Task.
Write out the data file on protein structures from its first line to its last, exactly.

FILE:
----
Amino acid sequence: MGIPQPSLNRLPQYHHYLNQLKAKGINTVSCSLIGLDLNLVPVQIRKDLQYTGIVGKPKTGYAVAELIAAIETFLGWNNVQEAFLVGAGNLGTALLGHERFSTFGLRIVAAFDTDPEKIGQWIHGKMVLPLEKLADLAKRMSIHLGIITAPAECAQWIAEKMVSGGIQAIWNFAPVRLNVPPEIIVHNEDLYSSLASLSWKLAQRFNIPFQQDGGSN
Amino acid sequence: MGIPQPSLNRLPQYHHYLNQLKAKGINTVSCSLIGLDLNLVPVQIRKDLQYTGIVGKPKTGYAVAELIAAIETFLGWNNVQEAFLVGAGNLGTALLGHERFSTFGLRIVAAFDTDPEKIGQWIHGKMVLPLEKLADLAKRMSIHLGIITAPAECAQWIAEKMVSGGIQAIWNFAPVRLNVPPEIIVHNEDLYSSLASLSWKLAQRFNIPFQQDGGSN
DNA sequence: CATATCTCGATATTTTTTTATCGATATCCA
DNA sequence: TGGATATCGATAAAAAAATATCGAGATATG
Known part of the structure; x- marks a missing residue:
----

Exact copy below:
Amino acid sequence: MGIPQPSLNRLPQYHHYLNQLKAKGINTVSCSLIGLDLNLVPVQIRKDLQYTGIVGKPKTGYAVAELIAAIETFLGWNNVQEAFLVGAGNLGTALLGHERFSTFGLRIVAAFDTDPEKIGQWIHGKMVLPLEKLADLAKRMSIHLGIITAPAECAQWIAEKMVSGGIQAIWNFAPVRLNVPPEIIVHNEDLYSSLASLSWKLAQRFNIPFQQDGGSN
Amino acid sequence: MGIPQPSLNRLPQYHHYLNQLKAKGINTVSCSLIGLDLNLVPVQIRKDLQYTGIVGKPKTGYAVAELIAAIETFLGWNNVQEAFLVGAGNLGTALLGHERFSTFGLRIVAAFDTDPEKIGQWIHGKMVLPLEKLADLAKRMSIHLGIITAPAECAQWIAEKMVSGGIQAIWNFAPVRLNVPPEIIVHNEDLYSSLASLSWKLAQRFNIPFQQDGGSN
DNA sequence: CATATCTCGATATTTTTTTATCGATATCCA
DNA sequence: TGGATATCGATAAAAAAATATCGAGATATG
Known part of the structure; x- marks a missing residue: